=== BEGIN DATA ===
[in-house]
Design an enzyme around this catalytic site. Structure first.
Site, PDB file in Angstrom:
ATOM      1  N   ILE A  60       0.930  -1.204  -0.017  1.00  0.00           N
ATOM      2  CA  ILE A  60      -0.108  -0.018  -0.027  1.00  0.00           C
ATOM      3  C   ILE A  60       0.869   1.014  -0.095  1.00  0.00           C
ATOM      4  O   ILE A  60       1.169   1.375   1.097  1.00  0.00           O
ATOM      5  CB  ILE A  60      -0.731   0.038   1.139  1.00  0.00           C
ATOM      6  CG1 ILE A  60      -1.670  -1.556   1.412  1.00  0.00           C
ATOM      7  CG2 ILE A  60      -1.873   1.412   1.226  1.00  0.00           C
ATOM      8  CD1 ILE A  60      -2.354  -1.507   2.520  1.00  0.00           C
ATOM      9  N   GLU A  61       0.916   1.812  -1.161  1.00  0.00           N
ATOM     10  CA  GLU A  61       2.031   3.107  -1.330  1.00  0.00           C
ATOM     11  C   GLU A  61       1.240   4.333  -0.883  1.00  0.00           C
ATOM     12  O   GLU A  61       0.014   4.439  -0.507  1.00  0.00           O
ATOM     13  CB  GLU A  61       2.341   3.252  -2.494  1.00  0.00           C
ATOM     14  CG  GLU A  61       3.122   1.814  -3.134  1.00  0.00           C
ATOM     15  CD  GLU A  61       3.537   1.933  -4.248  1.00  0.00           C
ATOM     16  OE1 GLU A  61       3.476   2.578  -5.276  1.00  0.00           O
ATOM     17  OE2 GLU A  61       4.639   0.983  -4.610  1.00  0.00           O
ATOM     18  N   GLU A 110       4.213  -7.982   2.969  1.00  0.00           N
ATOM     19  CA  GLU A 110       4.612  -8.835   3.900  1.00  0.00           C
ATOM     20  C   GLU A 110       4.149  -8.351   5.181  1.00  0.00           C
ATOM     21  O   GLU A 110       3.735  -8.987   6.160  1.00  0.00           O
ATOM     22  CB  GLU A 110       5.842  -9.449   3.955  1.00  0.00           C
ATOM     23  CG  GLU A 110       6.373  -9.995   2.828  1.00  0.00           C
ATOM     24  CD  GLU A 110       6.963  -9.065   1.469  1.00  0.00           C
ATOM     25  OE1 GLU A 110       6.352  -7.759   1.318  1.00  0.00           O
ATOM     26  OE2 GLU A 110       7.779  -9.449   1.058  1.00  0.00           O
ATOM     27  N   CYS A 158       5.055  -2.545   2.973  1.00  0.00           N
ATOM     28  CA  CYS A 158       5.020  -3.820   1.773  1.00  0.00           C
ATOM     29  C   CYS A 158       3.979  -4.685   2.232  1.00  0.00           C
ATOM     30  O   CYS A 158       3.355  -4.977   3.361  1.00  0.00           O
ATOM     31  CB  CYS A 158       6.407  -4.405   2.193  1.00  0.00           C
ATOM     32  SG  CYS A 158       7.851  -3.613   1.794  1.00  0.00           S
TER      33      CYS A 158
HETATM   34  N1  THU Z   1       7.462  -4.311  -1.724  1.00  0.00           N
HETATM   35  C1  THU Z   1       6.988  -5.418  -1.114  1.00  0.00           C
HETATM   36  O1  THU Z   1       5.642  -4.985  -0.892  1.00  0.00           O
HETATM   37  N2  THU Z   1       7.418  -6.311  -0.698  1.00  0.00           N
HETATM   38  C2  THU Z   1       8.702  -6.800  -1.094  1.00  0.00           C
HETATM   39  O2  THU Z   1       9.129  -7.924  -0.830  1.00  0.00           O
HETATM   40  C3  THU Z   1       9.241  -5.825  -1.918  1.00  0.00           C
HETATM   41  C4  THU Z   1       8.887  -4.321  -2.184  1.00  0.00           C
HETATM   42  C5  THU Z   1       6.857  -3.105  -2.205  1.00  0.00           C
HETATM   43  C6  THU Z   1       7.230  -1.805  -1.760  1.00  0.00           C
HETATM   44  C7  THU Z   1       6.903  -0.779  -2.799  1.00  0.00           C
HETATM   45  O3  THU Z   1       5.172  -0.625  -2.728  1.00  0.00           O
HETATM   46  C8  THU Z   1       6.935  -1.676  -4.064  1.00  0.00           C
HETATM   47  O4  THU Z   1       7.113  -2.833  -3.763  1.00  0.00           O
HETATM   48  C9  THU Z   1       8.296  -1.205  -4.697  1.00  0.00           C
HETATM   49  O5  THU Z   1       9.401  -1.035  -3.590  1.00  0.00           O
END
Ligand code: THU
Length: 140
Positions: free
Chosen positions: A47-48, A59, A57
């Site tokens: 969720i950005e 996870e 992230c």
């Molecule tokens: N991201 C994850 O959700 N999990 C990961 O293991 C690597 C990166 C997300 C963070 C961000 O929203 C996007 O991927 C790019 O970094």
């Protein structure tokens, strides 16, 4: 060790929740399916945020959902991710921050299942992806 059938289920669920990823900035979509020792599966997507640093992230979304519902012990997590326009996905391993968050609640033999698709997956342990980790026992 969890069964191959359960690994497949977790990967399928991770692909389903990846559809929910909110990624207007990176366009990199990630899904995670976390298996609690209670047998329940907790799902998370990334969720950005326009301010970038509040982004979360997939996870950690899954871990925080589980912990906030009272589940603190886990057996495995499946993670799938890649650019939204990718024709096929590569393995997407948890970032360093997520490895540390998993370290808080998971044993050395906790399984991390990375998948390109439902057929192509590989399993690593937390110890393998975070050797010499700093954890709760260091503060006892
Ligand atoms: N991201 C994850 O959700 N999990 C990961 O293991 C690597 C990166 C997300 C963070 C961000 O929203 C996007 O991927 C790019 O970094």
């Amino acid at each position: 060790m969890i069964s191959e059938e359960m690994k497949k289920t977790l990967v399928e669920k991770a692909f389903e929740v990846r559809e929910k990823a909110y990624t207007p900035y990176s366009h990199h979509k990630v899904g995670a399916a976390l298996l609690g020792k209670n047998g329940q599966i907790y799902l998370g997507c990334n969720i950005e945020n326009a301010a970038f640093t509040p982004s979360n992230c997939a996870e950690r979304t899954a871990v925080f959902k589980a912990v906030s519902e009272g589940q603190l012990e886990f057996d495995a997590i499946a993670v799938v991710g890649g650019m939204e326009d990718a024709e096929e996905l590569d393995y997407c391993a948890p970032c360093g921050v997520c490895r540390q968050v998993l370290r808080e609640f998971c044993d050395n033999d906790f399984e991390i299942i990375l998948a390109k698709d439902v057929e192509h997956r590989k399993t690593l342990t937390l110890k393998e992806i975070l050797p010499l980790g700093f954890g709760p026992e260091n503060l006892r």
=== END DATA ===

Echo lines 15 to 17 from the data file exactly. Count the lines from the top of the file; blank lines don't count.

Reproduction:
ATOM     12  O   GLU A  61       0.014   4.439  -0.507  1.00  0.00           O
ATOM     13  CB  GLU A  61       2.341   3.252  -2.494  1.00  0.00           C
ATOM     14  CG  GLU A  61       3.122   1.814  -3.134  1.00  0.00           C